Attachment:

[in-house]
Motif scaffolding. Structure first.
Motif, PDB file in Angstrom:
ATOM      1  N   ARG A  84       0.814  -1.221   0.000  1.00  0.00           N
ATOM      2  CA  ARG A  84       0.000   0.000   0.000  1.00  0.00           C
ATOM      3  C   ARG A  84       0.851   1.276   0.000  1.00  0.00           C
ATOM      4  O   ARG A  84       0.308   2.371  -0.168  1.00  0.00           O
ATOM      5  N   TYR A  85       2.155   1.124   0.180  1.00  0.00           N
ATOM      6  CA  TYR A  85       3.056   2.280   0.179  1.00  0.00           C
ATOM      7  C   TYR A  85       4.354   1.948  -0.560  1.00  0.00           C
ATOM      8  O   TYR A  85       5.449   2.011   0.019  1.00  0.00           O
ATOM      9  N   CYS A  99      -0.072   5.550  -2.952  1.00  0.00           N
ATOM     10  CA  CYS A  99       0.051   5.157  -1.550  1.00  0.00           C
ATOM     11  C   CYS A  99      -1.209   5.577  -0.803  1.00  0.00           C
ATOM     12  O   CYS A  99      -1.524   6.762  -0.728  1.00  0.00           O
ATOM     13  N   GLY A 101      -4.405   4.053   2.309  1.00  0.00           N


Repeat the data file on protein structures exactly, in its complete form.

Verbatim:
[in-house]
Motif scaffolding. Structure first.
Motif, PDB file in Angstrom:
ATOM      1  N   ARG A  84       0.814  -1.221   0.000  1.00  0.00           N
ATOM      2  CA  ARG A  84       0.000   0.000   0.000  1.00  0.00           C
ATOM      3  C   ARG A  84       0.851   1.276   0.000  1.00  0.00           C
ATOM      4  O   ARG A  84       0.308   2.371  -0.168  1.00  0.00           O
ATOM      5  N   TYR A  85       2.155   1.124   0.180  1.00  0.00           N
ATOM      6  CA  TYR A  85       3.056   2.280   0.179  1.00  0.00           C
ATOM      7  C   TYR A  85       4.354   1.948  -0.560  1.00  0.00           C
ATOM      8  O   TYR A  85       5.449   2.011   0.019  1.00  0.00           O
ATOM      9  N   CYS A  99      -0.072   5.550  -2.952  1.00  0.00           N
ATOM     10  CA  CYS A  99       0.051   5.157  -1.550  1.00  0.00           C
ATOM     11  C   CYS A  99      -1.209   5.577  -0.803  1.00  0.00           C
ATOM     12  O   CYS A  99      -1.524   6.762  -0.728  1.00  0.00           O
ATOM     13  N   GLY A 101      -4.405   4.053   2.309  1.00  0.00           N